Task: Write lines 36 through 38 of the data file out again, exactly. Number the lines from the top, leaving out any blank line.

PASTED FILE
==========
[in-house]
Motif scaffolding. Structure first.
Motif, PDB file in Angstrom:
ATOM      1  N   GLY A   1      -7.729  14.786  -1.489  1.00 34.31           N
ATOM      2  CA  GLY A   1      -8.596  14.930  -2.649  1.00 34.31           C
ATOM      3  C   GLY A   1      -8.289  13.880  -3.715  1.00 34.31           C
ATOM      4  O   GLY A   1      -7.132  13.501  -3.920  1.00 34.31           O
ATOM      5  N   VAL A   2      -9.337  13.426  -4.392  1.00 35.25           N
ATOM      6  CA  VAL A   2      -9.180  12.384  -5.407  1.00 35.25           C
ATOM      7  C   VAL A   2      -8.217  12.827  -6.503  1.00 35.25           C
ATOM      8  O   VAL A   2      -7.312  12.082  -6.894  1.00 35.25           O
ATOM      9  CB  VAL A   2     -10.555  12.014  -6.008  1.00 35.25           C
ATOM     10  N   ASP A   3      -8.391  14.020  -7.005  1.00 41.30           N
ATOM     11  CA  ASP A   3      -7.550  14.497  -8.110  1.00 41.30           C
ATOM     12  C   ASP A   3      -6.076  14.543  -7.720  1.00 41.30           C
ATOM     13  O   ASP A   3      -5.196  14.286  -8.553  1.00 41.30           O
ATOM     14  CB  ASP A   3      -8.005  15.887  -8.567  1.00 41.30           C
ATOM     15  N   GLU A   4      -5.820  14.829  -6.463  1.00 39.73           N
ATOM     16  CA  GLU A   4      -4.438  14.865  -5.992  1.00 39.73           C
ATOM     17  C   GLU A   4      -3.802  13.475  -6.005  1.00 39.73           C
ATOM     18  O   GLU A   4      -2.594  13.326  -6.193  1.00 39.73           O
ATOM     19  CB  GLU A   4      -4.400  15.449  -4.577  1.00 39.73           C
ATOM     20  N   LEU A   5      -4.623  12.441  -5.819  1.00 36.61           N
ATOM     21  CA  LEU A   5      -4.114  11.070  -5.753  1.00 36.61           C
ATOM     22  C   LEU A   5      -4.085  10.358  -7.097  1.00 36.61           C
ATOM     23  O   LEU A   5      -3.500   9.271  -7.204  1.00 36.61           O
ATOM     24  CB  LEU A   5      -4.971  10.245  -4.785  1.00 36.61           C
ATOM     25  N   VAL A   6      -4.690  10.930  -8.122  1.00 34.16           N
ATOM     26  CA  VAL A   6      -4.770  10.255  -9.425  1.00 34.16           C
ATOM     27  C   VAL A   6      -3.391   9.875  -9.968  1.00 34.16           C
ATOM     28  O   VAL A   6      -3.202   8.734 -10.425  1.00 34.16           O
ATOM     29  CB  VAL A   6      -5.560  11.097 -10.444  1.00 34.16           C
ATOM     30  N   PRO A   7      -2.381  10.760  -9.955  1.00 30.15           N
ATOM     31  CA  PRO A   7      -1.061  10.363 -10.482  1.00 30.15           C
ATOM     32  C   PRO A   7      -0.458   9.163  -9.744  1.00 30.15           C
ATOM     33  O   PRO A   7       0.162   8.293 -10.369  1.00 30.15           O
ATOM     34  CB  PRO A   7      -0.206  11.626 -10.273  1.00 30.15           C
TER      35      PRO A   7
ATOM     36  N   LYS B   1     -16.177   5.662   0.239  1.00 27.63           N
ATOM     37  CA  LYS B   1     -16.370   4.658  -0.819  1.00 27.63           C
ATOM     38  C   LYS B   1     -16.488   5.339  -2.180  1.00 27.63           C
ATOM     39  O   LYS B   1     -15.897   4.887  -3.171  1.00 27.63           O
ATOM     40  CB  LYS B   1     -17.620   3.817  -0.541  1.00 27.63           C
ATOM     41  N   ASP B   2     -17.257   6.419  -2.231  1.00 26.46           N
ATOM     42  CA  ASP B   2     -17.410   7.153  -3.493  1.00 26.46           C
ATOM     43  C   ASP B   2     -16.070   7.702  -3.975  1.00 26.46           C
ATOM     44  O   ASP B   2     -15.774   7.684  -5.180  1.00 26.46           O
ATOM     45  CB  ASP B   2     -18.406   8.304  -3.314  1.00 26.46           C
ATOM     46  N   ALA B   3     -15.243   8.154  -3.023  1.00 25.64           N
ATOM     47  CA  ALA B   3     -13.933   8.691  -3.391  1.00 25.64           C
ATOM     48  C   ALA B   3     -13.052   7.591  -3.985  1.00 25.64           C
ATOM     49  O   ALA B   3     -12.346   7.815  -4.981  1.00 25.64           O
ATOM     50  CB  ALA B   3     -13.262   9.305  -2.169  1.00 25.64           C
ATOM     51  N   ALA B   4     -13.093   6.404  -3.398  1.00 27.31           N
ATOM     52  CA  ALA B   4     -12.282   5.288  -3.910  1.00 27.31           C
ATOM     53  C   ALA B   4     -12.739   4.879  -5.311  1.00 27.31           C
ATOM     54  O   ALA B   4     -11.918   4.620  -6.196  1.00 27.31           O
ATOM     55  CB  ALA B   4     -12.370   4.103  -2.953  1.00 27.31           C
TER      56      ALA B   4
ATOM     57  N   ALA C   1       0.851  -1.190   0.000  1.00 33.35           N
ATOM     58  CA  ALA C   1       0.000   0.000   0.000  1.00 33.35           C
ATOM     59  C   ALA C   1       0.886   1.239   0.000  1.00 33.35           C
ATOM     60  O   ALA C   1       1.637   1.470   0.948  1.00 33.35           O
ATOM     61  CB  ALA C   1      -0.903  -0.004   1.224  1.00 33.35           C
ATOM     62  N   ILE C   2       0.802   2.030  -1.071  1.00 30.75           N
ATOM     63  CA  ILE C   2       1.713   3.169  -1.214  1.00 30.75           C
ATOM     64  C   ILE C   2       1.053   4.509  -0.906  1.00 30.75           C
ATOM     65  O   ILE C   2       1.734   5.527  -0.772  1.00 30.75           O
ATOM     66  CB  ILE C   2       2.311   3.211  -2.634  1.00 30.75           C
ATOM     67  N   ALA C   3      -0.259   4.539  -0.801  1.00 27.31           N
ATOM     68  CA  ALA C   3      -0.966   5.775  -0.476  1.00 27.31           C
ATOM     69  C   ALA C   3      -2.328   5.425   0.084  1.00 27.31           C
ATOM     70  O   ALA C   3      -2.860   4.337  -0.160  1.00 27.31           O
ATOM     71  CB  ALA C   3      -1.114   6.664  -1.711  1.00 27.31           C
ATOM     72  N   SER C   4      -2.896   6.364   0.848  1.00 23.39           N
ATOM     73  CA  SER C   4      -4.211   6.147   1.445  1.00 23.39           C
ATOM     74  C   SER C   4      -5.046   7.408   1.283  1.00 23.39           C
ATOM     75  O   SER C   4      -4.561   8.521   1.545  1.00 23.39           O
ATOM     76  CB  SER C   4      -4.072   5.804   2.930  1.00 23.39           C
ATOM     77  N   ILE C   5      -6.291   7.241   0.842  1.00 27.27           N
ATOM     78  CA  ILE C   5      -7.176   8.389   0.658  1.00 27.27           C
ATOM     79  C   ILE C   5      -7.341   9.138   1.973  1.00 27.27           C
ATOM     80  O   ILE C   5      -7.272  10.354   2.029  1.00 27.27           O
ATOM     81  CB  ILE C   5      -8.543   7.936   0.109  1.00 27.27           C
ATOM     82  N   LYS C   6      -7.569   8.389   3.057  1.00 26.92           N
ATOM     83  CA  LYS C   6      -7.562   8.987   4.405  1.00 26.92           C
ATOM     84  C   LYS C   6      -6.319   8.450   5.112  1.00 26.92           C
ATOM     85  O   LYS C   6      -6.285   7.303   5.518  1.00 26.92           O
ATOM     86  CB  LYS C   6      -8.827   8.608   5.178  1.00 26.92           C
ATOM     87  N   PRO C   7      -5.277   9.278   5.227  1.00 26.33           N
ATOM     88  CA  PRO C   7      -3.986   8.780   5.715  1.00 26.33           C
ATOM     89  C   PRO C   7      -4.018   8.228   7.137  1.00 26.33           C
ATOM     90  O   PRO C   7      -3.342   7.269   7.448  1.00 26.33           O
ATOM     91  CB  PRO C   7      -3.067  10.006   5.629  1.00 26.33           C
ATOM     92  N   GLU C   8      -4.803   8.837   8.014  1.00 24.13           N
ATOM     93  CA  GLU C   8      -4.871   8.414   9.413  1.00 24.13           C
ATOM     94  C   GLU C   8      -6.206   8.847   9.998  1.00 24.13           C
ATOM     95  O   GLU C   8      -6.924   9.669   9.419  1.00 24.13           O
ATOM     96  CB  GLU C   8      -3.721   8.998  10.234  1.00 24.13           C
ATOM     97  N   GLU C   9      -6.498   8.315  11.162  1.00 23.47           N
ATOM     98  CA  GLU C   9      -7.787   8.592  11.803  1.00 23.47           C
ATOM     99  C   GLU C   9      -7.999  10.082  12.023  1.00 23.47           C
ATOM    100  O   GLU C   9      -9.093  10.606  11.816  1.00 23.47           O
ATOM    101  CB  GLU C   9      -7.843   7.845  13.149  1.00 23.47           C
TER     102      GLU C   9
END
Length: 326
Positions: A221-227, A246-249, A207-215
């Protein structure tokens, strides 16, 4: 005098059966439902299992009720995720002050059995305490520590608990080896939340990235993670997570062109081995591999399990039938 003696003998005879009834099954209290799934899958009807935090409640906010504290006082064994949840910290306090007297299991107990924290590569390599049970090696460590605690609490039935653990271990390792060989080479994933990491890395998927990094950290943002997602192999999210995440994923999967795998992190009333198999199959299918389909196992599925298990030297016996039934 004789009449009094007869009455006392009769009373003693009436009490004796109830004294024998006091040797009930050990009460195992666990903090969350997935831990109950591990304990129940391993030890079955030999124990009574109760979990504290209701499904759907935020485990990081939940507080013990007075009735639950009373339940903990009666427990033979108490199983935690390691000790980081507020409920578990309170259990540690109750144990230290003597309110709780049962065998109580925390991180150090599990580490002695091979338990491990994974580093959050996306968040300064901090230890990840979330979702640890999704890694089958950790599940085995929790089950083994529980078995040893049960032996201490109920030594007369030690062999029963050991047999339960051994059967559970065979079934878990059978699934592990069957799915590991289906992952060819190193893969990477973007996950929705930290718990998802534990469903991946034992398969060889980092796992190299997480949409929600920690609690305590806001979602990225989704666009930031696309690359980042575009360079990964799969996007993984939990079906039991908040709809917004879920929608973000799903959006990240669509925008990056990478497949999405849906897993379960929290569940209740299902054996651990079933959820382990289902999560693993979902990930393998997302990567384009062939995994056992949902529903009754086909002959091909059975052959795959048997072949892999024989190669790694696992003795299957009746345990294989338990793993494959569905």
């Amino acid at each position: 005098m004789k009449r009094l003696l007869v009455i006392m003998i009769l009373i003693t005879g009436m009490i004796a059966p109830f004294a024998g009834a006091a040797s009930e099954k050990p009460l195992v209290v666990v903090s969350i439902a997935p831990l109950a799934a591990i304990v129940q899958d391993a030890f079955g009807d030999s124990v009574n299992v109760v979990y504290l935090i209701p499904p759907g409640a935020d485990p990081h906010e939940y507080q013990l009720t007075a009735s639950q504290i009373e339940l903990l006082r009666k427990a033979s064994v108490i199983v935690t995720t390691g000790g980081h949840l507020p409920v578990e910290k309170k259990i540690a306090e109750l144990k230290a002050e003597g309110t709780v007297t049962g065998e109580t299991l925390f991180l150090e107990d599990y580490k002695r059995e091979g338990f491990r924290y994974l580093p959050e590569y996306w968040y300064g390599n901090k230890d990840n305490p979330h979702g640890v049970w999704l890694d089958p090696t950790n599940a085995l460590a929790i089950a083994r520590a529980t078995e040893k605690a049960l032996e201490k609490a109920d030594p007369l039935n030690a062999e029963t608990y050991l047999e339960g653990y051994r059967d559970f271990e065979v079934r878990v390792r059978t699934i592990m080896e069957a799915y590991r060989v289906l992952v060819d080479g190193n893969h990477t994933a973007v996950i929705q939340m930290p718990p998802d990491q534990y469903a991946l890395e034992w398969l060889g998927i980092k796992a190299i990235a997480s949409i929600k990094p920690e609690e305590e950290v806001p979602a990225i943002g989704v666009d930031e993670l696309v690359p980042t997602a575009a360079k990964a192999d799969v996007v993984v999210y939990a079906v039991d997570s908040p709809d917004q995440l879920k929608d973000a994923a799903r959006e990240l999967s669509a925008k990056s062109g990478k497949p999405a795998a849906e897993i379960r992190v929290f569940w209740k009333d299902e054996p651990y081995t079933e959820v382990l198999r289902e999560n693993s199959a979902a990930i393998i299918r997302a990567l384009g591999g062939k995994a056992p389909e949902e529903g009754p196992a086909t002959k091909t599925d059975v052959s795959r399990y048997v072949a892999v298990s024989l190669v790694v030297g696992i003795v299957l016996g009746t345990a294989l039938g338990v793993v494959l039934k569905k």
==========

ATOM     33  O   PRO A   7       0.162   8.293 -10.369  1.00 30.15           O
ATOM     34  CB  PRO A   7      -0.206  11.626 -10.273  1.00 30.15           C
TER      35      PRO A   7